Open source has become a major force in the world of IT, and today a startup that has built a profitable operation by developing business management software on the priniciple is announcing a sizable secondary investment on the back of that growth.
Odoo — a Belgium-based provider of open-source-based business software that ranges from inventory management and ERP through to human resources and CRM software, marketing tools and more, some 30,000 in all — has received $215 million from Summit Partners.
This is a secondary investment, meaning Summit is buying shares from existing investors (specifically Sofinnova Partners & XAnge): Odoo is profitable and has been so for years, CEO and founder Fabien Pinckaers explained in an interview earlier, and so it didn’t need to raise more cash by giving away more equity. He added that this investment values the startup at over €2 billion (or over $2.3 billion at current rates), making Odoo the first “unicorn” out of Wallonia, the region in Belgium where it is based.
(That in itself is notable: it’s a sign of the evolving decentralization of the tech world beyond “The Valley”.)
This is the second time Summit, which was one of Odoo’s earliest (equity) backers, has snapped up secondary shares: the firm made a similar investment of $90 million in 2019.
With 7 million users on its platform, Odoo is a prime example of the strong payoffs to be had from economies of scale in the most successful open source projects, but it’s also doing so with a twist.
On the open source front, Odoo provides a version of its services that is “open source” and free, which Pinckaers said contains about 80% of all of its features. It then offers a paid, proprietary version of the product with the remaining 20% of features (full details on pricing here).
About 90% of all of Odoo’s customer base takes the free tier, he said, with only 10% taking the paid, proprietary tier. But with 7 million users that is enough to run the business at a profit big enough that it can continue investing in growth without giving away more equity.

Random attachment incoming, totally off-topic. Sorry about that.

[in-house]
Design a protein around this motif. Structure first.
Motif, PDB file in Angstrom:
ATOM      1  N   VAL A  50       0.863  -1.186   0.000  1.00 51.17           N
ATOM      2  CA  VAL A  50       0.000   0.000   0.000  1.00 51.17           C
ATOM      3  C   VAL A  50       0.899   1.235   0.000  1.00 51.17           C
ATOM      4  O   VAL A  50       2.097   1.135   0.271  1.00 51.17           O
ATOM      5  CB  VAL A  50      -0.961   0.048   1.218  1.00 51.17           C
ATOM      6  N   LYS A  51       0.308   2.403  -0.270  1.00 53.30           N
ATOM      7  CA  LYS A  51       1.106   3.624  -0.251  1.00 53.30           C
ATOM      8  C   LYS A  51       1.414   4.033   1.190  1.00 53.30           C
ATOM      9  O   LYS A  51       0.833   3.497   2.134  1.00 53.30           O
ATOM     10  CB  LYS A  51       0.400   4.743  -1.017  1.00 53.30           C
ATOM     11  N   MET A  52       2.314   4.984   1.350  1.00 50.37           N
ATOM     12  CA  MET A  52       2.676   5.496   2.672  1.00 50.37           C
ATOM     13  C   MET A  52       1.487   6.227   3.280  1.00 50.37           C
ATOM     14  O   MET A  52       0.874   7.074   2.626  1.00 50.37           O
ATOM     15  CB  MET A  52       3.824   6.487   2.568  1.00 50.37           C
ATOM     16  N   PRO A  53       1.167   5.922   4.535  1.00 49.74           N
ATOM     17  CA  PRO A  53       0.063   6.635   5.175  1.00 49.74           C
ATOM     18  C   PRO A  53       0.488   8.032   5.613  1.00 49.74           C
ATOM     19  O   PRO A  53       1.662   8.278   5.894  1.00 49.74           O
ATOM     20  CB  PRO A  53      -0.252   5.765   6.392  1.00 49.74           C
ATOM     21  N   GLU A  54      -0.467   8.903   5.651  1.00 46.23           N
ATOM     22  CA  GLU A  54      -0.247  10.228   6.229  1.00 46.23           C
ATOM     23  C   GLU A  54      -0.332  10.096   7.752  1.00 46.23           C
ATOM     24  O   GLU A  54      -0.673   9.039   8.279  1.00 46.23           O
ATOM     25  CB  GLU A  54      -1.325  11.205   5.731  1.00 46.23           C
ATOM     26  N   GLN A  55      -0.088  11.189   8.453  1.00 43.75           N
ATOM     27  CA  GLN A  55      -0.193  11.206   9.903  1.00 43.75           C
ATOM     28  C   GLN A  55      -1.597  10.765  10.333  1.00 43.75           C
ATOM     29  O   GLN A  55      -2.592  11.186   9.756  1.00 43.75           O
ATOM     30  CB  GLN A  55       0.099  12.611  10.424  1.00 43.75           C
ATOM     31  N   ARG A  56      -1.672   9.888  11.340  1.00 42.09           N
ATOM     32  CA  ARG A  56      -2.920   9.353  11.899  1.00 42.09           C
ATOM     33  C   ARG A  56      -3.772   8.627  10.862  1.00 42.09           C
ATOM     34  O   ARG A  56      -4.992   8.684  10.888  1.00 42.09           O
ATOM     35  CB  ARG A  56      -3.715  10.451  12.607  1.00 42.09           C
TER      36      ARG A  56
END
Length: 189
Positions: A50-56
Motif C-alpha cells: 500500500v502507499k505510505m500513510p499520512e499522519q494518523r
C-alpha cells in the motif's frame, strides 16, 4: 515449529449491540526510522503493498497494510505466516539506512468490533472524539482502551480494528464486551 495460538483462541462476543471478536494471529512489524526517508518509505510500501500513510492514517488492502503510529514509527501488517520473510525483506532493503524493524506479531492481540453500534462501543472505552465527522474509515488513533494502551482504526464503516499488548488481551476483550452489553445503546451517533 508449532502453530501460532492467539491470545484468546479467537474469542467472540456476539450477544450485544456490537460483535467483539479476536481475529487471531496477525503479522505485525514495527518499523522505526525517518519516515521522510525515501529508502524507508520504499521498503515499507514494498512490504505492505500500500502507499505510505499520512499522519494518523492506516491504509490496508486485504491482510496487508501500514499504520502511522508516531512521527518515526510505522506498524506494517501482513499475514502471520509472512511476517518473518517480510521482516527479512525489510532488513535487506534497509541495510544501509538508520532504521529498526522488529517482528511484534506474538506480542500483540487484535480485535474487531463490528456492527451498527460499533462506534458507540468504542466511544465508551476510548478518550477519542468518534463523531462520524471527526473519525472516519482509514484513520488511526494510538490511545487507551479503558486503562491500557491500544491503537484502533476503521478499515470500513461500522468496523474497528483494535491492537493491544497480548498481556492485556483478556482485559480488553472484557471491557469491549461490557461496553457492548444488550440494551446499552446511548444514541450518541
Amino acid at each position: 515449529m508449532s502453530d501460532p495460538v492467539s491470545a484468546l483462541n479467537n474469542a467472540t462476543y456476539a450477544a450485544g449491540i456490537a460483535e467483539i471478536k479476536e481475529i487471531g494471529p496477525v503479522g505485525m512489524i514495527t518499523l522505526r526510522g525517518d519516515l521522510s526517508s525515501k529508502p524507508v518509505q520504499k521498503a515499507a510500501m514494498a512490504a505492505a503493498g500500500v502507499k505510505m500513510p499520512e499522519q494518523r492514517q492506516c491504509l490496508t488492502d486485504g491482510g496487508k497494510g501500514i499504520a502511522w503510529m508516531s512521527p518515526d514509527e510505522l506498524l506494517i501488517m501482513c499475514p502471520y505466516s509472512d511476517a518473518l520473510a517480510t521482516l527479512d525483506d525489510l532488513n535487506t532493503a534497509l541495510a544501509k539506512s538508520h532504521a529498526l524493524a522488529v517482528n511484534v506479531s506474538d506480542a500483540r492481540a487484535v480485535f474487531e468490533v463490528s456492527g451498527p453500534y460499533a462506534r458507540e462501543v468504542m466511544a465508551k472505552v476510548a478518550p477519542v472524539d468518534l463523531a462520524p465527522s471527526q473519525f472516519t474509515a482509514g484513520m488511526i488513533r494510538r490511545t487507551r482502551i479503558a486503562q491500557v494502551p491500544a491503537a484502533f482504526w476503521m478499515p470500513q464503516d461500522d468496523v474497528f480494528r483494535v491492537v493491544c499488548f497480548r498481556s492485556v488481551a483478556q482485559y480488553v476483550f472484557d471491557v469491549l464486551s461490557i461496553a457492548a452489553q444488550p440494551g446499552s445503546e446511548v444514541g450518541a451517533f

On top of this, what is also notable is how Odoo pitches itself. While a lot of open source has been seen as the domain of developers and others in the technical community, what has set Odoo apart from them is the fact that it designs software on its platform that is actually aimed at others in the workplace, not engineers.
“We are one of the only exceptions of open source built for non-technical users,” Pinckaers said.
It targets users both directly via its SaaS platform, and via a very extensive channel partner operation where channel partners will host the services themselves. Its traction with these partners is strong, he added, because of the free nature of Odoo (which is not only a contrast to the SAPs, Microsofts and Oracles of the world, but at times a much easier sell around which a channel partner can provide other paid services). There are nearly 4,000 partners now, he added, with another 90,000 individual community members contributing software on the Odoo platform.
The company has been growing revenues and customers at a rate of 50% over the last 10 years (and 63% over the past 15: it’s been around since 2005), and it now has 1,700 employees with plans to add another 1,000 this year. Billings are expected to be €160 million in 2021. Pinckaers said that Odoo’s next steps will be to continue growing out the software that it provides to users on its platform. Specifically, the two areas it is focusing on are e-commerce and website development, he said, two areas that he feels could benefit from more non-technical, user-friendly open source tools.
“We are thrilled to support the Odoo team for this next phase of growth,” said Han Sikkens, MD and head of Europe at Summit Partners, in a statement. “We believe the future is bright, and Odoo clearly has the potential to disrupt the market led by software giants like SAP, MS Dynamics and Oracle.” Sikkens is joining the board with this round.